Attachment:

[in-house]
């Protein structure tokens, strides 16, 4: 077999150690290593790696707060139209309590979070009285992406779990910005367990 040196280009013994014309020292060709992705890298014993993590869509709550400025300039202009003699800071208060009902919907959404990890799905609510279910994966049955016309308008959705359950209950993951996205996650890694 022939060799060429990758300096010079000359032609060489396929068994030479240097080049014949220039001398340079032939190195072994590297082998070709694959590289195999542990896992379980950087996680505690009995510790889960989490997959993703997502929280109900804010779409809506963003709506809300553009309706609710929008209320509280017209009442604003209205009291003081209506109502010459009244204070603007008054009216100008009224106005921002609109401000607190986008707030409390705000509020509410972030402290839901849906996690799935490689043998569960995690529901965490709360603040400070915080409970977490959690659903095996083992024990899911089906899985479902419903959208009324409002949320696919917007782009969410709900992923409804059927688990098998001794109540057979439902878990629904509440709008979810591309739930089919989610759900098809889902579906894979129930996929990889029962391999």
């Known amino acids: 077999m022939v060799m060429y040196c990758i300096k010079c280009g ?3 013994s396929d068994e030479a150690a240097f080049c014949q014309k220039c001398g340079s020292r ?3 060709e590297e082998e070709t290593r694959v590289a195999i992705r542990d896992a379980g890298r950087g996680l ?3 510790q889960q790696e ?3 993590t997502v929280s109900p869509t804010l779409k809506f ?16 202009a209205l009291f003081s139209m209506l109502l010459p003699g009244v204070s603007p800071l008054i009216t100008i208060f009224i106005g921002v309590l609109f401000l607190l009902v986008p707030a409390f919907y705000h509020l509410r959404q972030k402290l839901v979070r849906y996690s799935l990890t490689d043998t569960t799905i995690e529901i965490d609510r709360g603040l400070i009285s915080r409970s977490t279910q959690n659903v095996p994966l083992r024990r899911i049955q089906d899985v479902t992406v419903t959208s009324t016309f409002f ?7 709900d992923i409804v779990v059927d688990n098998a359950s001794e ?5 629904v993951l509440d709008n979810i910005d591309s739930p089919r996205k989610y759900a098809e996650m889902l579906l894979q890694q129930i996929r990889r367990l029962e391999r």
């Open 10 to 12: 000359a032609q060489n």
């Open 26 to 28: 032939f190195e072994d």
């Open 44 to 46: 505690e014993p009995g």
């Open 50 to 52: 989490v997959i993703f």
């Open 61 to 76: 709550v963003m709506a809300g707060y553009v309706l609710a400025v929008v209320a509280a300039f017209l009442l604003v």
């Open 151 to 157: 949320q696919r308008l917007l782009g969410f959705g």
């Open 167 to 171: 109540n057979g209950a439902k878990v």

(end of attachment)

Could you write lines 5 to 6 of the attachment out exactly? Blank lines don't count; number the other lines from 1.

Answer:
């Open 26 to 28: 032939f190195e072994d």
């Open 44 to 46: 505690e014993p009995g």